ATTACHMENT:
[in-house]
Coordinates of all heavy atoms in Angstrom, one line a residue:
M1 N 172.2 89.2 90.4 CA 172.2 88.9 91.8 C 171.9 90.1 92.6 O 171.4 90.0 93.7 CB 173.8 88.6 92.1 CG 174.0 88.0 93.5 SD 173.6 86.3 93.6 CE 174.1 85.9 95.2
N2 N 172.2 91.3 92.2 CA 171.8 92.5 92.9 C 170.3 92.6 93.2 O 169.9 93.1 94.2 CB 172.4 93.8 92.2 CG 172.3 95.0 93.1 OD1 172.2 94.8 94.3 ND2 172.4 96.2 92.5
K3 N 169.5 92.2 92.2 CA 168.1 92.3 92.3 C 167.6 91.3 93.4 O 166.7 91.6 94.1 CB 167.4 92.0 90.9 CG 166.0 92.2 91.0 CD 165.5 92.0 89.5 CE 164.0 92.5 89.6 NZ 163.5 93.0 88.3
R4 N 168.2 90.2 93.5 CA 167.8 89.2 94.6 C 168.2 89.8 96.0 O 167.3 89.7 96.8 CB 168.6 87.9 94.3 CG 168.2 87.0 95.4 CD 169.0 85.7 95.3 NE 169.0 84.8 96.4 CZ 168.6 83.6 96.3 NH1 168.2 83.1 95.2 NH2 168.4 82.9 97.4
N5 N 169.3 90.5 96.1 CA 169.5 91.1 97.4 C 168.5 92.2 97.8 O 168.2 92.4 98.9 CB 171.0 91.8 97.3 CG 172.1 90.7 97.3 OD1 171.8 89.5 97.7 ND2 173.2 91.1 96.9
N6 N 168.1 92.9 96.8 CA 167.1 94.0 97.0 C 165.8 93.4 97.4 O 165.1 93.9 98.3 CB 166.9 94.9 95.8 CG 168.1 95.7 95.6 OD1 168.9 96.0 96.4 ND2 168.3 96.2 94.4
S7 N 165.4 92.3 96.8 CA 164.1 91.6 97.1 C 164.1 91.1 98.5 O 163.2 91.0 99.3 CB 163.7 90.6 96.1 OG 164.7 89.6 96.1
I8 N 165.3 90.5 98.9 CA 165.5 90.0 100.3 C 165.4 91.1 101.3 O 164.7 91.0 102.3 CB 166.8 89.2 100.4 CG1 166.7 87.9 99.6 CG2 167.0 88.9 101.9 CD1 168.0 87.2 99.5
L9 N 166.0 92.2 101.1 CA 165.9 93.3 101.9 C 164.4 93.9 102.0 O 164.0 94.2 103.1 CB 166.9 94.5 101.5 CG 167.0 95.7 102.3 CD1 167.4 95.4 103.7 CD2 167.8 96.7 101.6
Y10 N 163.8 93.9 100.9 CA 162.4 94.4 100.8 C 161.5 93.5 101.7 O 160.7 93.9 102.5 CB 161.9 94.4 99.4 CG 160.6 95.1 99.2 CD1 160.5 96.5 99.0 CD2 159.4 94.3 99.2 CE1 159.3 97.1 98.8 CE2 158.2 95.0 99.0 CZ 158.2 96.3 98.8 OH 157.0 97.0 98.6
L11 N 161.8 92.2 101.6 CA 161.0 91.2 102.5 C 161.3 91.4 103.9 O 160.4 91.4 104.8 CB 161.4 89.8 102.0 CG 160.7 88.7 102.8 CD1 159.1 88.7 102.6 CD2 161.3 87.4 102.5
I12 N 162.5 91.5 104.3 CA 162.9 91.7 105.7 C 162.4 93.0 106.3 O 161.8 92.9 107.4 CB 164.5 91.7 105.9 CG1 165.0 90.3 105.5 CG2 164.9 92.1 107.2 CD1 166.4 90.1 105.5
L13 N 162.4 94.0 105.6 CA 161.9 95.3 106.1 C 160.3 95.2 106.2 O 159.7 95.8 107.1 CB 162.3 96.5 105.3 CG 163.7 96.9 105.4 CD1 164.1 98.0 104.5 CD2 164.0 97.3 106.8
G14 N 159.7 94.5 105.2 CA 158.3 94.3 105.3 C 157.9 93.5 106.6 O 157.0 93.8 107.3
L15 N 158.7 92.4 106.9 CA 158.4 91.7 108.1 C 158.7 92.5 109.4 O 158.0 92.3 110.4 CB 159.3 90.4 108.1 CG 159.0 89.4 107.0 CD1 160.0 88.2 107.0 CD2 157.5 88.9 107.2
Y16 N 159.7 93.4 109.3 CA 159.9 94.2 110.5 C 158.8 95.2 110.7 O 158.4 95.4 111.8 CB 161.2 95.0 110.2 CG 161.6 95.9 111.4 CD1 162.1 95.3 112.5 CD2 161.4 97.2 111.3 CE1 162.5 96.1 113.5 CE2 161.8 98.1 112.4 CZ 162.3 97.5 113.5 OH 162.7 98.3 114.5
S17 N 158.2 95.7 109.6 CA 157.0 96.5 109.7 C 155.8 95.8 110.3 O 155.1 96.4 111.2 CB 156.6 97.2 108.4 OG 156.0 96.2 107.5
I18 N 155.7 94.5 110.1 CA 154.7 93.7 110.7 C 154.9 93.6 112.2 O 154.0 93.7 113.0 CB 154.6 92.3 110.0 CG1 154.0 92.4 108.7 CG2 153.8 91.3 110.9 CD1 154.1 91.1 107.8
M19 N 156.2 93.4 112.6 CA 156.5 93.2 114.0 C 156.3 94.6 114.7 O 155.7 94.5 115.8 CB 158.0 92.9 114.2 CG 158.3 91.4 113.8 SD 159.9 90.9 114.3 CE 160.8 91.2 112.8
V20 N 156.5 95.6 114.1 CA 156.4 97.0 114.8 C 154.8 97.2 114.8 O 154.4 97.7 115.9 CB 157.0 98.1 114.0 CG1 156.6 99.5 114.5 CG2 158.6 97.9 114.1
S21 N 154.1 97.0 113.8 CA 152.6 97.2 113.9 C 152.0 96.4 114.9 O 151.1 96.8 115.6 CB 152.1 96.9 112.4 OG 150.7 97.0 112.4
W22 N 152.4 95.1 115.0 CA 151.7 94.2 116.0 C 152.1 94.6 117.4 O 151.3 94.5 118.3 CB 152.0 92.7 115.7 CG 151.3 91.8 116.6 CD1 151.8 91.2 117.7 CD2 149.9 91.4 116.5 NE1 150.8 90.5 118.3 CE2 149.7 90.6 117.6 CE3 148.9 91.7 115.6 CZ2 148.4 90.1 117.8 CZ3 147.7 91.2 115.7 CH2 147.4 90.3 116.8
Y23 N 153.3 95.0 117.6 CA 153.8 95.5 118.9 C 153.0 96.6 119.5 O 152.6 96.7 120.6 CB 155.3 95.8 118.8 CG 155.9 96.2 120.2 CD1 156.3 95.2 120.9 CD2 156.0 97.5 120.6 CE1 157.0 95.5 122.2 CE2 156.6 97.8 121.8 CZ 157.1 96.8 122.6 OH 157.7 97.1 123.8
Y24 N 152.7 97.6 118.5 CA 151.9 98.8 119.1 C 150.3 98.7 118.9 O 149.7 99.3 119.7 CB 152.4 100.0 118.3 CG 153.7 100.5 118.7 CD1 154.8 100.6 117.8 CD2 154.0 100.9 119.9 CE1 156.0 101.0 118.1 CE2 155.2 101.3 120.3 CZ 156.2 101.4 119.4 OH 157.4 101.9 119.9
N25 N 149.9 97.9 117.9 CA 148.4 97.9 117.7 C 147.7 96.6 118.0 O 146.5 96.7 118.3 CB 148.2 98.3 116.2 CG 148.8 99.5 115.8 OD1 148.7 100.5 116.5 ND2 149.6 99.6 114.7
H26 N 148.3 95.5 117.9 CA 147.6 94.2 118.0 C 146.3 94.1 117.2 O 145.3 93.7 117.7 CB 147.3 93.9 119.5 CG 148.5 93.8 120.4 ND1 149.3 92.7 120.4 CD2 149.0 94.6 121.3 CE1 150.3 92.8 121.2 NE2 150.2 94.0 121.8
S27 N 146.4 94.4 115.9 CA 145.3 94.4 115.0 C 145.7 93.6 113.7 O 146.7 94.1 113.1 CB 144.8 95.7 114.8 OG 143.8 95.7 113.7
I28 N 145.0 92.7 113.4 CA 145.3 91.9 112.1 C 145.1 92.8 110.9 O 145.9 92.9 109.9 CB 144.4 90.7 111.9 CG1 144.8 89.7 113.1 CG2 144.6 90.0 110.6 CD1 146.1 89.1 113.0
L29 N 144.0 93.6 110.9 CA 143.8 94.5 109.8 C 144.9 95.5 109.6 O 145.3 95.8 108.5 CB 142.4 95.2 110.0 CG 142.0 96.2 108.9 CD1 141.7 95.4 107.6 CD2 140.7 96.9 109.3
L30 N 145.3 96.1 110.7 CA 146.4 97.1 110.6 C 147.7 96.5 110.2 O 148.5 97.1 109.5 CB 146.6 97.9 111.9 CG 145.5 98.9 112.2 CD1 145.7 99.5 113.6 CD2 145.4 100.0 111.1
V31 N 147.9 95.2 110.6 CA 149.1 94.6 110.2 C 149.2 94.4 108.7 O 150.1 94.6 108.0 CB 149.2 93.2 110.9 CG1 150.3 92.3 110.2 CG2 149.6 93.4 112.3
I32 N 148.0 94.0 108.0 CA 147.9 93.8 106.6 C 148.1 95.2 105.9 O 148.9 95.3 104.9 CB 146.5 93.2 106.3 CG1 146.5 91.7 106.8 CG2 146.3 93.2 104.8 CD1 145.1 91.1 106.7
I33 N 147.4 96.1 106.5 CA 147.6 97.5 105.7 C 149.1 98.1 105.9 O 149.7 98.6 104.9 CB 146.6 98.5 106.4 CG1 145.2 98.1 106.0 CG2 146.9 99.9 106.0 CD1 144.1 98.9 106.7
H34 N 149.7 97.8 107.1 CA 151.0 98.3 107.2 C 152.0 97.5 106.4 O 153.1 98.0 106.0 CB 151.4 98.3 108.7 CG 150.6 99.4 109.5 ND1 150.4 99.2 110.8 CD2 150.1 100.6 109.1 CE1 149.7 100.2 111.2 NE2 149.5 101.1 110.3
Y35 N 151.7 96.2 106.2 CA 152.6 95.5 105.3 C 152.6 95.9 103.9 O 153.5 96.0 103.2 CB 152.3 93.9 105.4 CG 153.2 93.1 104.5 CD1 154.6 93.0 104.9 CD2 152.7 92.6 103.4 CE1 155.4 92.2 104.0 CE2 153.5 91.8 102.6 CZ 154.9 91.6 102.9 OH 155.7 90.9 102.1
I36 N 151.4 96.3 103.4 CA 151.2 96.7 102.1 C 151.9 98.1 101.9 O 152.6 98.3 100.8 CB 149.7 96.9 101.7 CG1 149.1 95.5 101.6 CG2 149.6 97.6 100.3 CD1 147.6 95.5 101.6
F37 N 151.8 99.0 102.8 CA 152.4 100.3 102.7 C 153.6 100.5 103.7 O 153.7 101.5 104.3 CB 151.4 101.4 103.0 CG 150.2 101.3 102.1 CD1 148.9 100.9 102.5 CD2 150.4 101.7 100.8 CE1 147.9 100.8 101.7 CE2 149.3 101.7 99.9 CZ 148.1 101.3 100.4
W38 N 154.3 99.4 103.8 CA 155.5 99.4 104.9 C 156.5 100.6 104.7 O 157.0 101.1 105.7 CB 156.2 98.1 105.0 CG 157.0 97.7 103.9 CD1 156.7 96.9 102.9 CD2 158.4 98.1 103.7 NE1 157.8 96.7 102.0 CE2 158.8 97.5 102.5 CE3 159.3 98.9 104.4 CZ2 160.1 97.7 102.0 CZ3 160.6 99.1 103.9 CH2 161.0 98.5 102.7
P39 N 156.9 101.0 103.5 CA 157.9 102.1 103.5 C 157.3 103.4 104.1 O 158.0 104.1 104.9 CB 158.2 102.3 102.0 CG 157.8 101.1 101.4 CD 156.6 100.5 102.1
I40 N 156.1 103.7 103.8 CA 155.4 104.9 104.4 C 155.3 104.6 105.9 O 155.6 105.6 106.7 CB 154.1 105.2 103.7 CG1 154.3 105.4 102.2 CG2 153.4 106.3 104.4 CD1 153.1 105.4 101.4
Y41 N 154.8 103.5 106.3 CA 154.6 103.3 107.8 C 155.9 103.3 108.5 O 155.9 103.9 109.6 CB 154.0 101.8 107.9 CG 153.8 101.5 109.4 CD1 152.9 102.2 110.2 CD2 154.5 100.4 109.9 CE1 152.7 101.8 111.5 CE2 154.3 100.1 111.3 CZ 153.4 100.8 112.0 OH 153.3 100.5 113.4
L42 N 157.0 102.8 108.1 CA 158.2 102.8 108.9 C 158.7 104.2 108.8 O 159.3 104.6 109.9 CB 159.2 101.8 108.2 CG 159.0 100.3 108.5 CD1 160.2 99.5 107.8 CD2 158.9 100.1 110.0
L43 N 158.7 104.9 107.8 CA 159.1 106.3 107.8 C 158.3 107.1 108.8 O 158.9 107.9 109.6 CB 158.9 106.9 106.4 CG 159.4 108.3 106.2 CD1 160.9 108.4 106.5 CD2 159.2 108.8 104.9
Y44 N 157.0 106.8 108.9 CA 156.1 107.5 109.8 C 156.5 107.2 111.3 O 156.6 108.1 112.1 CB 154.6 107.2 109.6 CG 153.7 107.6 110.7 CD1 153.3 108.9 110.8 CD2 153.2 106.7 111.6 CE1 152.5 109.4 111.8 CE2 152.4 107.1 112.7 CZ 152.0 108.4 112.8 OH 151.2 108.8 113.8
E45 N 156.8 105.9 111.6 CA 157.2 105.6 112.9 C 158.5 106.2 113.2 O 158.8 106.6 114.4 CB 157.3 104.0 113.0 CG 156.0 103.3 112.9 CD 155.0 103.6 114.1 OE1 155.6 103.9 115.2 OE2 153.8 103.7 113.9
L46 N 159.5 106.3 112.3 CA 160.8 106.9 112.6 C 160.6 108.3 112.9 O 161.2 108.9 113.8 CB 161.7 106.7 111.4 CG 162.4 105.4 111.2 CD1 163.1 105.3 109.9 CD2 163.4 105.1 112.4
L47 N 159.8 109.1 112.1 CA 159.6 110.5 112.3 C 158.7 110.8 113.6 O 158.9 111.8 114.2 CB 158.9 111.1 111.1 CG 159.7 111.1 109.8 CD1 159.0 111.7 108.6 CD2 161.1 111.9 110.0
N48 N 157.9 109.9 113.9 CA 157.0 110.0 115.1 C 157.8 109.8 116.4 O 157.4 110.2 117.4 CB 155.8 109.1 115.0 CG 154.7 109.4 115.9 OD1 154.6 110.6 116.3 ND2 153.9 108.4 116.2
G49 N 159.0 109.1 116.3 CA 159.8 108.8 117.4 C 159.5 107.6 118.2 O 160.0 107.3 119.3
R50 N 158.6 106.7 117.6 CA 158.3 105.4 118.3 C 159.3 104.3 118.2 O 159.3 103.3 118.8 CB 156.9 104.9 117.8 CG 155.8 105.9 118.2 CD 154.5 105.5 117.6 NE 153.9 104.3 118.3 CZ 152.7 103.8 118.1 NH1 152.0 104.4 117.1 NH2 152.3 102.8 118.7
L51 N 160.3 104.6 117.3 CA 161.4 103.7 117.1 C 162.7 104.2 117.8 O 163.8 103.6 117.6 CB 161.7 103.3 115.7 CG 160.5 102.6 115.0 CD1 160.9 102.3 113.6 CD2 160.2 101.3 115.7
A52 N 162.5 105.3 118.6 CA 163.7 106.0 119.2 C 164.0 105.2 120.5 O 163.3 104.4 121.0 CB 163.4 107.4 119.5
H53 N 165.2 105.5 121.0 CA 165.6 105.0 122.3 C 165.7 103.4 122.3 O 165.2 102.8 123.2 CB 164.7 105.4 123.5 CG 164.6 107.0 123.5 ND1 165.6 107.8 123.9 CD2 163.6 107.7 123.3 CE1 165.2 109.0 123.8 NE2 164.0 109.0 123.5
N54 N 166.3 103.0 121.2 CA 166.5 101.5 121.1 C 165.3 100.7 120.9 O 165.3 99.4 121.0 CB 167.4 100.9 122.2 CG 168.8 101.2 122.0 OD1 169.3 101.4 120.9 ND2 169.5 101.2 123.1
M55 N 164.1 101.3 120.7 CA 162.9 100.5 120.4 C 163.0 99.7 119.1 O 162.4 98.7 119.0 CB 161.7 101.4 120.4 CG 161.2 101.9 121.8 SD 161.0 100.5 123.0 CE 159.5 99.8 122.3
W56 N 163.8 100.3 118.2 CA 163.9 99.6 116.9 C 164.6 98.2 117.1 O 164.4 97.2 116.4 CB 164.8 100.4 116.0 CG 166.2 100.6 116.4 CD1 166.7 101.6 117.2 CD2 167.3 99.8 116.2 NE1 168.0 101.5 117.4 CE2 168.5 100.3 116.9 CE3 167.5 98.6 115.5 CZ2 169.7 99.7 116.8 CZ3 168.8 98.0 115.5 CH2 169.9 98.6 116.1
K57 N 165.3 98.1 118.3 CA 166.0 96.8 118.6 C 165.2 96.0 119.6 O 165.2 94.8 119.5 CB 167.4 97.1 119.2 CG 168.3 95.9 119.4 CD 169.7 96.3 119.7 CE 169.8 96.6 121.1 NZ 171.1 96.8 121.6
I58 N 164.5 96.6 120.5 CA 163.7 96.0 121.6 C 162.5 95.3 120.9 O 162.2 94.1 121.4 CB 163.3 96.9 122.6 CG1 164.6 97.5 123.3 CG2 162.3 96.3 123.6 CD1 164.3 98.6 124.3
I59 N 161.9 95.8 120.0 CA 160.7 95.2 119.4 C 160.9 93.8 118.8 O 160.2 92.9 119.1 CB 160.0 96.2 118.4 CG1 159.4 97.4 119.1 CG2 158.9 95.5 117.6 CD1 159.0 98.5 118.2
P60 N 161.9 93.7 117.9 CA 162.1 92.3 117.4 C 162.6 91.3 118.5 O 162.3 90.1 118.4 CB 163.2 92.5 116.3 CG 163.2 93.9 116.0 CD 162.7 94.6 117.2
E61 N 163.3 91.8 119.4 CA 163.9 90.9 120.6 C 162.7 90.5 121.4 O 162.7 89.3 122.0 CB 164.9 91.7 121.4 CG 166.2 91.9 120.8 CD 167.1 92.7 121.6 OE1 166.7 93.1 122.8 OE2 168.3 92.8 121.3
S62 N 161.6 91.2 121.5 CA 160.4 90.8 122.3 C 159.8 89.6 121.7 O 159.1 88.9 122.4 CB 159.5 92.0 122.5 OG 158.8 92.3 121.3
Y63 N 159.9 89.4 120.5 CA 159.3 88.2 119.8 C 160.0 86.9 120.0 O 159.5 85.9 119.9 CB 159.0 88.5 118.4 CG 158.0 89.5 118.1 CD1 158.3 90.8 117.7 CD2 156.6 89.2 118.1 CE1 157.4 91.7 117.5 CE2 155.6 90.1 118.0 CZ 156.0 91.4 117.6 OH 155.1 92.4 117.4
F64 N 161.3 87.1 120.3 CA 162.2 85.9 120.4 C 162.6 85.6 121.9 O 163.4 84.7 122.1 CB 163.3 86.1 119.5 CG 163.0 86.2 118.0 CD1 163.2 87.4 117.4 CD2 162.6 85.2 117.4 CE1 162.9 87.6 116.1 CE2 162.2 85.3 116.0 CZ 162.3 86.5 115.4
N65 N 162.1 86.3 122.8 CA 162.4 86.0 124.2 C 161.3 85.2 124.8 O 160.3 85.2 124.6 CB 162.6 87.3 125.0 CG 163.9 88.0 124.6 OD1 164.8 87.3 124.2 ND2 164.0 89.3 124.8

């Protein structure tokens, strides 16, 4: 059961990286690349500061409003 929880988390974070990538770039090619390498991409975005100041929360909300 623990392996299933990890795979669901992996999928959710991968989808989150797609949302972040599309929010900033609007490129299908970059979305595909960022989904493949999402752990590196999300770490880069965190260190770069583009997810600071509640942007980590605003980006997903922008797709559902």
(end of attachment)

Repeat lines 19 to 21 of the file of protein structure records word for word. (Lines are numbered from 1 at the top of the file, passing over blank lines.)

S17 N 158.2 95.7 109.6 CA 157.0 96.5 109.7 C 155.8 95.8 110.3 O 155.1 96.4 111.2 CB 156.6 97.2 108.4 OG 156.0 96.2 107.5
I18 N 155.7 94.5 110.1 CA 154.7 93.7 110.7 C 154.9 93.6 112.2 O 154.0 93.7 113.0 CB 154.6 92.3 110.0 CG1 154.0 92.4 108.7 CG2 153.8 91.3 110.9 CD1 154.1 91.1 107.8
M19 N 156.2 93.4 112.6 CA 156.5 93.2 114.0 C 156.3 94.6 114.7 O 155.7 94.5 115.8 CB 158.0 92.9 114.2 CG 158.3 91.4 113.8 SD 159.9 90.9 114.3 CE 160.8 91.2 112.8